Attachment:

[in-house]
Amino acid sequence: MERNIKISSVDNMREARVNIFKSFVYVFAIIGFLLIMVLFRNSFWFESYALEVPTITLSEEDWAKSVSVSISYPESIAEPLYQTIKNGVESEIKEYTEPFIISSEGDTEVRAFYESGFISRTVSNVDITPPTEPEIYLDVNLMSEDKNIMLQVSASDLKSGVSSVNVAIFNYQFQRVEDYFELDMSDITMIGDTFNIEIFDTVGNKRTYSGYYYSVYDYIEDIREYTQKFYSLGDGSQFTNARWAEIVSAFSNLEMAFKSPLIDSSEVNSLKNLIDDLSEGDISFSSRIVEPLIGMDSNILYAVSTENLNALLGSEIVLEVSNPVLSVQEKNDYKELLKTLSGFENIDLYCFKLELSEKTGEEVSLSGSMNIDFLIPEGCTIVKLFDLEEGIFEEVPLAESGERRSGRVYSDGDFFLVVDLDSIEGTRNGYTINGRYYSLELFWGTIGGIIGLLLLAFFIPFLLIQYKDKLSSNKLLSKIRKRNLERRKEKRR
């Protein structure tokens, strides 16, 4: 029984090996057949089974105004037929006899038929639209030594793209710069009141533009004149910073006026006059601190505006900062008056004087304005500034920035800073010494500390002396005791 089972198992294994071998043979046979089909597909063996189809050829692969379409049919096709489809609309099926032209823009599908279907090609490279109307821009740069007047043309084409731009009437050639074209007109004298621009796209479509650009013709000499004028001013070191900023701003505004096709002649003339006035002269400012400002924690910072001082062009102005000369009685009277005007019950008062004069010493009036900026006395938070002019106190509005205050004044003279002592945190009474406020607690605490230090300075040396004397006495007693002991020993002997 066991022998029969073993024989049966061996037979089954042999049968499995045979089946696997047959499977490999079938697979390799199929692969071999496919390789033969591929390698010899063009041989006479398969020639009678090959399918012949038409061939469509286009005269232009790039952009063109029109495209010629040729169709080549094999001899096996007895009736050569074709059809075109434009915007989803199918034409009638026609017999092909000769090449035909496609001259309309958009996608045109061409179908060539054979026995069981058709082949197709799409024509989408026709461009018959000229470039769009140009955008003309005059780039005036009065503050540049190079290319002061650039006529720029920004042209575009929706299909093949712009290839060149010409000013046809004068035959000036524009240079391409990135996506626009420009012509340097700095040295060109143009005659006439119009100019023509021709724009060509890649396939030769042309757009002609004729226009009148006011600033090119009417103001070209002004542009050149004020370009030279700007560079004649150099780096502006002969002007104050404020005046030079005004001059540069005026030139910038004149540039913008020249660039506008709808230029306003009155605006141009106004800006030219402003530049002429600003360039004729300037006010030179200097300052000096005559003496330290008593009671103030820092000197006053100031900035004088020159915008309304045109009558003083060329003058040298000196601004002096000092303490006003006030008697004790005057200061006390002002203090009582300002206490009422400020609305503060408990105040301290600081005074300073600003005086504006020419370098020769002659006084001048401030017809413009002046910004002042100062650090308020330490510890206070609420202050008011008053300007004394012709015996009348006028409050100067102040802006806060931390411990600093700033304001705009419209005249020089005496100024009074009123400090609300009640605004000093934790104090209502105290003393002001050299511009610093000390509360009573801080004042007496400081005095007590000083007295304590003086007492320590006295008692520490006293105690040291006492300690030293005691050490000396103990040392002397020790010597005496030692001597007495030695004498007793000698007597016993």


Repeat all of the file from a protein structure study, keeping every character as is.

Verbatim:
[in-house]
Amino acid sequence: MERNIKISSVDNMREARVNIFKSFVYVFAIIGFLLIMVLFRNSFWFESYALEVPTITLSEEDWAKSVSVSISYPESIAEPLYQTIKNGVESEIKEYTEPFIISSEGDTEVRAFYESGFISRTVSNVDITPPTEPEIYLDVNLMSEDKNIMLQVSASDLKSGVSSVNVAIFNYQFQRVEDYFELDMSDITMIGDTFNIEIFDTVGNKRTYSGYYYSVYDYIEDIREYTQKFYSLGDGSQFTNARWAEIVSAFSNLEMAFKSPLIDSSEVNSLKNLIDDLSEGDISFSSRIVEPLIGMDSNILYAVSTENLNALLGSEIVLEVSNPVLSVQEKNDYKELLKTLSGFENIDLYCFKLELSEKTGEEVSLSGSMNIDFLIPEGCTIVKLFDLEEGIFEEVPLAESGERRSGRVYSDGDFFLVVDLDSIEGTRNGYTINGRYYSLELFWGTIGGIIGLLLLAFFIPFLLIQYKDKLSSNKLLSKIRKRNLERRKEKRR
């Protein structure tokens, strides 16, 4: 029984090996057949089974105004037929006899038929639209030594793209710069009141533009004149910073006026006059601190505006900062008056004087304005500034920035800073010494500390002396005791 089972198992294994071998043979046979089909597909063996189809050829692969379409049919096709489809609309099926032209823009599908279907090609490279109307821009740069007047043309084409731009009437050639074209007109004298621009796209479509650009013709000499004028001013070191900023701003505004096709002649003339006035002269400012400002924690910072001082062009102005000369009685009277005007019950008062004069010493009036900026006395938070002019106190509005205050004044003279002592945190009474406020607690605490230090300075040396004397006495007693002991020993002997 066991022998029969073993024989049966061996037979089954042999049968499995045979089946696997047959499977490999079938697979390799199929692969071999496919390789033969591929390698010899063009041989006479398969020639009678090959399918012949038409061939469509286009005269232009790039952009063109029109495209010629040729169709080549094999001899096996007895009736050569074709059809075109434009915007989803199918034409009638026609017999092909000769090449035909496609001259309309958009996608045109061409179908060539054979026995069981058709082949197709799409024509989408026709461009018959000229470039769009140009955008003309005059780039005036009065503050540049190079290319002061650039006529720029920004042209575009929706299909093949712009290839060149010409000013046809004068035959000036524009240079391409990135996506626009420009012509340097700095040295060109143009005659006439119009100019023509021709724009060509890649396939030769042309757009002609004729226009009148006011600033090119009417103001070209002004542009050149004020370009030279700007560079004649150099780096502006002969002007104050404020005046030079005004001059540069005026030139910038004149540039913008020249660039506008709808230029306003009155605006141009106004800006030219402003530049002429600003360039004729300037006010030179200097300052000096005559003496330290008593009671103030820092000197006053100031900035004088020159915008309304045109009558003083060329003058040298000196601004002096000092303490006003006030008697004790005057200061006390002002203090009582300002206490009422400020609305503060408990105040301290600081005074300073600003005086504006020419370098020769002659006084001048401030017809413009002046910004002042100062650090308020330490510890206070609420202050008011008053300007004394012709015996009348006028409050100067102040802006806060931390411990600093700033304001705009419209005249020089005496100024009074009123400090609300009640605004000093934790104090209502105290003393002001050299511009610093000390509360009573801080004042007496400081005095007590000083007295304590003086007492320590006295008692520490006293105690040291006492300690030293005691050490000396103990040392002397020790010597005496030692001597007495030695004498007793000698007597016993």